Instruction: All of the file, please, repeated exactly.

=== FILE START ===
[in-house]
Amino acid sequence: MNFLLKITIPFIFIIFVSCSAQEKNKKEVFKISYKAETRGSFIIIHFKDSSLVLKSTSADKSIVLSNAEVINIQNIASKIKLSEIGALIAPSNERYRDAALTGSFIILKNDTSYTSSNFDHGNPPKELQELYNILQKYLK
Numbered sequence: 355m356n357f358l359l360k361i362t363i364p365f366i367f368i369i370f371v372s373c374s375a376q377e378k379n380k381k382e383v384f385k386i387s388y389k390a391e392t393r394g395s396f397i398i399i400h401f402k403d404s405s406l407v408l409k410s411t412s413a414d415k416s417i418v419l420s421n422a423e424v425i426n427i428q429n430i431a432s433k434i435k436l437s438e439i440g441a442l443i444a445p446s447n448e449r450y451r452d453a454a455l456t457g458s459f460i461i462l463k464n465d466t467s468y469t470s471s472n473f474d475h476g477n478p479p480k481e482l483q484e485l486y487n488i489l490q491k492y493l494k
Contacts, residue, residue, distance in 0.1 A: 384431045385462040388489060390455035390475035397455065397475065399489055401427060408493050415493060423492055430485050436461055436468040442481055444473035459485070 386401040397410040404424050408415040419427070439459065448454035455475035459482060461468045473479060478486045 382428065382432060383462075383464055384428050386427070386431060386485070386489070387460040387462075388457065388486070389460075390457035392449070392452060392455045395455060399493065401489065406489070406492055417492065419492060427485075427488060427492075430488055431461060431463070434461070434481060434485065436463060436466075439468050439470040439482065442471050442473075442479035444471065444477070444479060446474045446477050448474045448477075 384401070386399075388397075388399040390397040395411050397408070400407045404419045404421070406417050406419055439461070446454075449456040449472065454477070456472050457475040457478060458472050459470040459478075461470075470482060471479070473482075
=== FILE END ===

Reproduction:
[in-house]
Amino acid sequence: MNFLLKITIPFIFIIFVSCSAQEKNKKEVFKISYKAETRGSFIIIHFKDSSLVLKSTSADKSIVLSNAEVINIQNIASKIKLSEIGALIAPSNERYRDAALTGSFIILKNDTSYTSSNFDHGNPPKELQELYNILQKYLK
Numbered sequence: 355m356n357f358l359l360k361i362t363i364p365f366i367f368i369i370f371v372s373c374s375a376q377e378k379n380k381k382e383v384f385k386i387s388y389k390a391e392t393r394g395s396f397i398i399i400h401f402k403d404s405s406l407v408l409k410s411t412s413a414d415k416s417i418v419l420s421n422a423e424v425i426n427i428q429n430i431a432s433k434i435k436l437s438e439i440g441a442l443i444a445p446s447n448e449r450y451r452d453a454a455l456t457g458s459f460i461i462l463k464n465d466t467s468y469t470s471s472n473f474d475h476g477n478p479p480k481e482l483q484e485l486y487n488i489l490q491k492y493l494k
Contacts, residue, residue, distance in 0.1 A: 384431045385462040388489060390455035390475035397455065397475065399489055401427060408493050415493060423492055430485050436461055436468040442481055444473035459485070 386401040397410040404424050408415040419427070439459065448454035455475035459482060461468045473479060478486045 382428065382432060383462075383464055384428050386427070386431060386485070386489070387460040387462075388457065388486070389460075390457035392449070392452060392455045395455060399493065401489065406489070406492055417492065419492060427485075427488060427492075430488055431461060431463070434461070434481060434485065436463060436466075439468050439470040439482065442471050442473075442479035444471065444477070444479060446474045446477050448474045448477075 384401070386399075388397075388399040390397040395411050397408070400407045404419045404421070406417050406419055439461070446454075449456040449472065454477070456472050457475040457478060458472050459470040459478075461470075470482060471479070473482075